Robert Griffin III isn’t the only young passer enduring scrutiny this season. So, too, is San Francisco’s Colin Kaepernick. Yes, there are reasons for his struggles. But the bottom line is that the Niners' passing game isn’t working well, and he’s the quarterback.
Just look at the past two games: The Niners have 161 combined net passing yards, and haven’t had a pass play longer than 17 yards. As this San Francisco Chronicle story says, New Orleans dared Kaepernick to beat them last week, and he couldn’t.
The numbers just haven’t been pretty. And in the fourth quarter (and overtime), ESPN.com’s Bill Williamson notes that Kaepernick ranks 34th out of 35 eligible quarterbacks when it comes to completion percentage (44.1). Here's more on that topic.
A good look at some Niners’ issues, based off film study from their loss to New Orleans. And in this same article, Sacramento Bee reporter Matt Barrows looks at Kaepernick’s passer rating from last week when he threw to tight end Vernon Davis and receiver Anquan Boldin, and when he threw to others. Yes, the Niners’ passing game has struggled, but, as in Washington, there are missed opportunities.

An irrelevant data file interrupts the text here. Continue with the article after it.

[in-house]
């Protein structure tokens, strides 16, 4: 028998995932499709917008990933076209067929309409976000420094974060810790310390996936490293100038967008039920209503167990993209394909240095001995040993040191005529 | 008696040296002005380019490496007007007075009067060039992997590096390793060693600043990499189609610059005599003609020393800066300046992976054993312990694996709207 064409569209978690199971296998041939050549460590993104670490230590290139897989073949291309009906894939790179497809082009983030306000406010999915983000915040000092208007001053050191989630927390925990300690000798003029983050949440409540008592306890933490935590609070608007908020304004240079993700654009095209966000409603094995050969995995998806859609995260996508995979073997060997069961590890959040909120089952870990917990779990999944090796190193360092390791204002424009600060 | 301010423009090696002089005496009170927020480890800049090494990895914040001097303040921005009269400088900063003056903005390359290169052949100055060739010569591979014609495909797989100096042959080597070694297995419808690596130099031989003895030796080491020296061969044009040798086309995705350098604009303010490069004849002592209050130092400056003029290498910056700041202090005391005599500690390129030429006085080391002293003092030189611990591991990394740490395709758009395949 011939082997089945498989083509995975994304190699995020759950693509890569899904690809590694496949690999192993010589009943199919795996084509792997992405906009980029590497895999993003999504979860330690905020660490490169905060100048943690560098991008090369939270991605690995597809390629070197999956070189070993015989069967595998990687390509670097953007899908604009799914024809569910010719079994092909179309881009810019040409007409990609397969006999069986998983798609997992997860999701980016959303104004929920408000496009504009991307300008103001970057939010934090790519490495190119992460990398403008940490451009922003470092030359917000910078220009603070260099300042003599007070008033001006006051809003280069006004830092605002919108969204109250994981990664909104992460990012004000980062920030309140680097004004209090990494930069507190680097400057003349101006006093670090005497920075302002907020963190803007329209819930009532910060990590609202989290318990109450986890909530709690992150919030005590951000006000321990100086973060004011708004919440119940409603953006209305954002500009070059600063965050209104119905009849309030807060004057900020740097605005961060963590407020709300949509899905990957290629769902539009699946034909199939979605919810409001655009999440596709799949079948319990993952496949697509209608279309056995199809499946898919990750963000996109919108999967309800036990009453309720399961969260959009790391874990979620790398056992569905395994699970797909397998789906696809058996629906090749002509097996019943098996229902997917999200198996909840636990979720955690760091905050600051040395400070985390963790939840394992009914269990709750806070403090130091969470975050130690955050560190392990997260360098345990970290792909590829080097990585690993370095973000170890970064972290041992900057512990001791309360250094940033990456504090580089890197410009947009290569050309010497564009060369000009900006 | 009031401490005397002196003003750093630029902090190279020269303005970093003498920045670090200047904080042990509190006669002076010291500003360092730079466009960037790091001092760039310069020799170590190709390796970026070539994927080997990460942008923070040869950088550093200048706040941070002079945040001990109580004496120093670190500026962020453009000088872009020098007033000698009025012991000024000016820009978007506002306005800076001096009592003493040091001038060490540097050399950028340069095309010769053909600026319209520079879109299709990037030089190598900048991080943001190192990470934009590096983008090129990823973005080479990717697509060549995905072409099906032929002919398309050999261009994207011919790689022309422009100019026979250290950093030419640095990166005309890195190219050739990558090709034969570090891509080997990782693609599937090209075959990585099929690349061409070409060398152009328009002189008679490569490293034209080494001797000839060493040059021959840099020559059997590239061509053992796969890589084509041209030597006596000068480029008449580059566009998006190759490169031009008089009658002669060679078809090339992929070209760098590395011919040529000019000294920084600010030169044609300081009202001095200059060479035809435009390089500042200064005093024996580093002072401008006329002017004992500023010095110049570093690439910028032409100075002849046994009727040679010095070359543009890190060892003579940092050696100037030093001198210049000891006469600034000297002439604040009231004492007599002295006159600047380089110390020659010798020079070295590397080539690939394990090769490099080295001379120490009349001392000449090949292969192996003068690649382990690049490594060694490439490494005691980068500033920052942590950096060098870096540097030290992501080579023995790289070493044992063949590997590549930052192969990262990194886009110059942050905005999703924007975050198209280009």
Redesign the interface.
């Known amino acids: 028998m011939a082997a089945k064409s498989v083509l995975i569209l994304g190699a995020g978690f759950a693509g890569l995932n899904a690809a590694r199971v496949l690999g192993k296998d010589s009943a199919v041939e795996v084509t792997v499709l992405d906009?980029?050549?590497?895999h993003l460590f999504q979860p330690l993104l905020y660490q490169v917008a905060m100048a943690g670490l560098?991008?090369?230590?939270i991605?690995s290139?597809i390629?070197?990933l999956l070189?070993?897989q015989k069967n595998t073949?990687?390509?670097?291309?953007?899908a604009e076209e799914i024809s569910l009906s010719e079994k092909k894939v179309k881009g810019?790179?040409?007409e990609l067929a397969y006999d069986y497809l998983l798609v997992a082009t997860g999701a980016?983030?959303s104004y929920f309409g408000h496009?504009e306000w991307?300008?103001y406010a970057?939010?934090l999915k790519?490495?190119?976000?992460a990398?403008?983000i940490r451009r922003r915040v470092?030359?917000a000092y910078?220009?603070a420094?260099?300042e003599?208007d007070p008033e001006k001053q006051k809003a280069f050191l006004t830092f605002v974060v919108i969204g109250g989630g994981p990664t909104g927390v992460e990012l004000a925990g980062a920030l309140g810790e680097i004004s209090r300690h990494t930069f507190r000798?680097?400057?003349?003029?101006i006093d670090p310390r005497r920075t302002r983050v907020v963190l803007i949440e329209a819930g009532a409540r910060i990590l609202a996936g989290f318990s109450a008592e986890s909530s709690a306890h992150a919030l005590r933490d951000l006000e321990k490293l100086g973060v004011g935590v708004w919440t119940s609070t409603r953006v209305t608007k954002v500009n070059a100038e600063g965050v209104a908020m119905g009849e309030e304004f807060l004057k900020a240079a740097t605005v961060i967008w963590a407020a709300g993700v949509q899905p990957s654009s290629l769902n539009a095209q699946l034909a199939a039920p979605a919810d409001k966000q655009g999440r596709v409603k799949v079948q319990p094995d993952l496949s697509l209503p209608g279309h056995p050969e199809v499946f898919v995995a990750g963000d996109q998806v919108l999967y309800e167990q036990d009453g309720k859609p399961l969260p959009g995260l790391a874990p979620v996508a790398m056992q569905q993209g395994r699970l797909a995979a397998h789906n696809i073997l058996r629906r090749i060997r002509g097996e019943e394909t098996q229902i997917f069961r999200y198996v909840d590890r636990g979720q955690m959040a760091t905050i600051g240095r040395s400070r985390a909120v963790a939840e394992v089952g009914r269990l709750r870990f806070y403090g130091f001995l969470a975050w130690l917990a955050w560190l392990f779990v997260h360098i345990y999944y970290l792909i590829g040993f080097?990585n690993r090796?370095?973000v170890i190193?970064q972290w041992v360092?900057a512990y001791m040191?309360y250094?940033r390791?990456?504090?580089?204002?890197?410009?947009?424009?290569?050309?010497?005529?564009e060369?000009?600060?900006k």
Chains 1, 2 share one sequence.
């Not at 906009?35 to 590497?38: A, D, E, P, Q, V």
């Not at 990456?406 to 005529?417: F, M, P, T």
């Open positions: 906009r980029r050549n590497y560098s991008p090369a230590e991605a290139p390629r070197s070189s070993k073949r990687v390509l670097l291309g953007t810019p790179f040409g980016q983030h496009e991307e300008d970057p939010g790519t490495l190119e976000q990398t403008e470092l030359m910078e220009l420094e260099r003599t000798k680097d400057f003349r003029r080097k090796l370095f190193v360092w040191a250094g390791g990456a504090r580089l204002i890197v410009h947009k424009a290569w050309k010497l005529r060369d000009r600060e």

Third down passing numbers haven’t looked good lately for San Francisco’s defense, which still remains excellent. It's not like the offense is doing well on this down lately, either.
The Niners don’t have much of a passing game, so they must rely on the run. That’s why they’ll miss injured guard Mike Iupati. Here’s what ESPN analyst Matt Williamson said of Iupati: “I wouldn’t say it is one of the worst offensive lines in the league or anything. But this offense doesn’t have much room for error, and if the run blocking falters, they could be in further trouble.”
Here’s more on changes to San Francisco’s starting lineup, including at cornerback where Tramaine Brock is expected to start once again. Here’s why.
Former Redskins cornerback Carlos Rogers knows what a splintered locker room looks like. He used to be in one. He said that’s not happening in San Francisco after two straight defeats and a lot of offensive struggles.
Frank Gore is tough on himself.